film photography Archives - Digital Converters

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Okay, let’s face it. Film photography is expensive and downright time-consuming. Even disposable cameras are more of a burden than a present these days. Many stores have stopped developing film, never mind the time and effort it takes to digitise and share the photos with friends and family.

Thankfully, app developers have also clocked on to the faff and inconvenience film cameras are for the consumer. So, with spring cleaning and fresh beginnings in the air, I have reviewed the most popular vintage photography apps to help you pick the right one.

These apps are free to use but may include in-app purchases (much to my dismay).

HUJI:

 

HUJI has been my go-to app for the last few years. It imitates disposable film photography from 1998 by changing your phone screen into the back of a disposable camera and date stamping your photos with 1998.

I love HUJI’s simplicity and filters. In fact, I’m pretty sure I have drunkenly recommended this app to one too many strangers on a night out. It can’t be helped – the filter detracts from all that HD ugliness your normal phone camera captures (and make your legs look great!).

The only downside is the time it takes to process a photograph. I would not recommend giving this app to your mum because the seconds it takes to process can be confusing and cause blurry photographs.

GUDAK Lite:

This app is the embodiment of someone taking a project brief a little too literally. GUDAK has caused controversy, and there is a good reason for it. The app is designed to completely imitate a disposable camera, with the time taken to develop the photographs included in its design.

Basically, this app is designed to bring back the element of surprise you get when waiting for your film to be developed. You must wait for three days until you can view your photographs as the app pretends to develop your film. Not only that, but you can only take 24 photographs per roll and must wait an hour before starting a new film roll.

However, it misses the beat.

The developing time means you cannot correct your photographs, forgetting the purpose of taking photographs on your phone. Also, the viewfinder is tiny and cannot be expanded! An infuriating function since it does not work as an actual viewfinder.

Perhaps this app’s novelty is better when taking photos at a party rather than photos of my house in lockdown.

CALLA Cam:

Photo edited on CALLA Cam

This app is different to the others I am reviewing because you cannot point and shoot on Android phones.

CALLA Cam is good for editing your existing photographs by playing around with film camera filters. The filters are easy to switch and play around with on your phone. Although, I did have to create a folder in my phone’s gallery to save my photos which were quite confusing.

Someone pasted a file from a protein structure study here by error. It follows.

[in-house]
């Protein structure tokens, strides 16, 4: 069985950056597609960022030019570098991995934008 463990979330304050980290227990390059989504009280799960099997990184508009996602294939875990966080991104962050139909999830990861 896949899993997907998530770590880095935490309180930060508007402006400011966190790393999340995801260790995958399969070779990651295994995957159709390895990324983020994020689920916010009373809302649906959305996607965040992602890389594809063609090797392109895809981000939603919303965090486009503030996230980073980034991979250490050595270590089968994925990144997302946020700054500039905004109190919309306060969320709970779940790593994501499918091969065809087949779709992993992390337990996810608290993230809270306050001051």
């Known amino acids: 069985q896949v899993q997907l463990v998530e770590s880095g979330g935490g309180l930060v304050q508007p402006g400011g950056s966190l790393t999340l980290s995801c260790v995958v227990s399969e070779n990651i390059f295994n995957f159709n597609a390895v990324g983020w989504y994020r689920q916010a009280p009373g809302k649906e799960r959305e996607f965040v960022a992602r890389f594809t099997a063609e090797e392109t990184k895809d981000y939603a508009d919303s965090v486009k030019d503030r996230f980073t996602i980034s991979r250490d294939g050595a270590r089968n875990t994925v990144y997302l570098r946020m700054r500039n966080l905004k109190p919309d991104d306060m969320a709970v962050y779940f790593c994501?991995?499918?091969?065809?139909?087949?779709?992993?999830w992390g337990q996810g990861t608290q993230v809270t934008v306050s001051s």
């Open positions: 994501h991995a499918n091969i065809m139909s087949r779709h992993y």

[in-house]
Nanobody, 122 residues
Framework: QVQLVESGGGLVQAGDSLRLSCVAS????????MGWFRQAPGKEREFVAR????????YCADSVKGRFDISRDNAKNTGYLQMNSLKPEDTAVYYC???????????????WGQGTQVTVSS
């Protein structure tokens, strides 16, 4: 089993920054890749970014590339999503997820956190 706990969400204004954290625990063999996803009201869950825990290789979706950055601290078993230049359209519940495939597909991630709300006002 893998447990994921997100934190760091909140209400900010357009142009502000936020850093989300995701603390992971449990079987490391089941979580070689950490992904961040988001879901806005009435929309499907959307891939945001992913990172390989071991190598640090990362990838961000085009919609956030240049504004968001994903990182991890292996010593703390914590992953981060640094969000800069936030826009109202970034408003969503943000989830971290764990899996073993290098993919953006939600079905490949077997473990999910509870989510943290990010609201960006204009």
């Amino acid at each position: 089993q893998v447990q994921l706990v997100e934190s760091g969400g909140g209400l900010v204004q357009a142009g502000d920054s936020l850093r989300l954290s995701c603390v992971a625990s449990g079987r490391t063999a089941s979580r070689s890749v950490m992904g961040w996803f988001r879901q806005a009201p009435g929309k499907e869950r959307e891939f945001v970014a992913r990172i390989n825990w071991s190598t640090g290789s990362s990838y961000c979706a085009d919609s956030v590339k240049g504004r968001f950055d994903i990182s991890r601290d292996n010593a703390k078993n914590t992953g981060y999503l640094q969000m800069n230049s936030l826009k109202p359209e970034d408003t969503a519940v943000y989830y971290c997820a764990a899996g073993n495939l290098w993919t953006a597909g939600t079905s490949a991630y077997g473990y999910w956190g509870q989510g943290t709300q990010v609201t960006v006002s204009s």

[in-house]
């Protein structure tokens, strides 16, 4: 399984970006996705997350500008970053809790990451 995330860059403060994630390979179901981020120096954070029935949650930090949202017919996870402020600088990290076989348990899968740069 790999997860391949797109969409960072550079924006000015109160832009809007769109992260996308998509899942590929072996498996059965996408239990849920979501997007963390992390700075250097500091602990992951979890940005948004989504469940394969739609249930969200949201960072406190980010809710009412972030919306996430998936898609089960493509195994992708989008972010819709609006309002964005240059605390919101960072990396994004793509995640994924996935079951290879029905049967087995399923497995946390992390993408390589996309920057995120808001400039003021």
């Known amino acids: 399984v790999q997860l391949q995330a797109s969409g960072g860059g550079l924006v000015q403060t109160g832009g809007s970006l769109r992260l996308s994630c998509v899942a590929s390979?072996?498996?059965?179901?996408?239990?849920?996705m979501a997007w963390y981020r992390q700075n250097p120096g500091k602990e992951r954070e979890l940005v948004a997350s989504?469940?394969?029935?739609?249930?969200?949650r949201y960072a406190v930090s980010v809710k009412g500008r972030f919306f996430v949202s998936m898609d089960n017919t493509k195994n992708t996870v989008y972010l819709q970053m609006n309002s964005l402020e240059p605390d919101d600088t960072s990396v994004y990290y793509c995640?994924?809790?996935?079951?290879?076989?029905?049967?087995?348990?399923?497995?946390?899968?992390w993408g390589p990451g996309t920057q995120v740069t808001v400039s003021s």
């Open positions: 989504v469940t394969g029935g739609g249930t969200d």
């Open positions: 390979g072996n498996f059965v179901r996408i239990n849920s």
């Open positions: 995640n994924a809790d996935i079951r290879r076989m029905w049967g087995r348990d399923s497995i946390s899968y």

The main problem with this app is the in-app purchases. It is very apparent how limited you are with the free app. They have included an advertising feature to give you a limited range of paid filters for free. However, you must watch 33 adverts before you can download them. That’s a TV show’s worth of adverts to watch for a film effect!

NOMO Cam:

 

In terms of novelty, this app blows the others out of the water! The app is designed to imitate a collection of film cameras. NOMO changes your phone’s interface to replicate the film camera you have selected and includes authentic sound effects to really take you back in time.

At first, I was disparaged by the subscription fee service to access all the cameras available. However, after scrolling through the menu, there are a few cameras for you to use for free.

NOMO takes other film photography apps’ ideas but executes them better by incorporating the phone’s functionality. For instance, their Instax-Mini camera imitates the processing time of polaroid film but gives you the option to speed up the process by shaking your phone (like a polaroid picture).

It is an enjoyable and creative app that I am definitely keeping on my phone!

FIMO Cam:

This app is like NOMO but offers a selection of film rather than cameras.

The interface of this app is what really makes it stand out compared to the other apps. Your phone screen replicates an old school camera (including the scratches). The viewing screen is big and easy to view on your phone screen and gives you the option to zoom in and out!

Unfortunately, the processing time when taking photographs is quite slow and tends to blur many photographs.

 

All in all, film photography apps are great for saving money and time. However, they never quite touch upon the authenticity of using a film camera.

If you have printed photographs that you would like to preserve and share with friends, get them digitised with Digital Converters.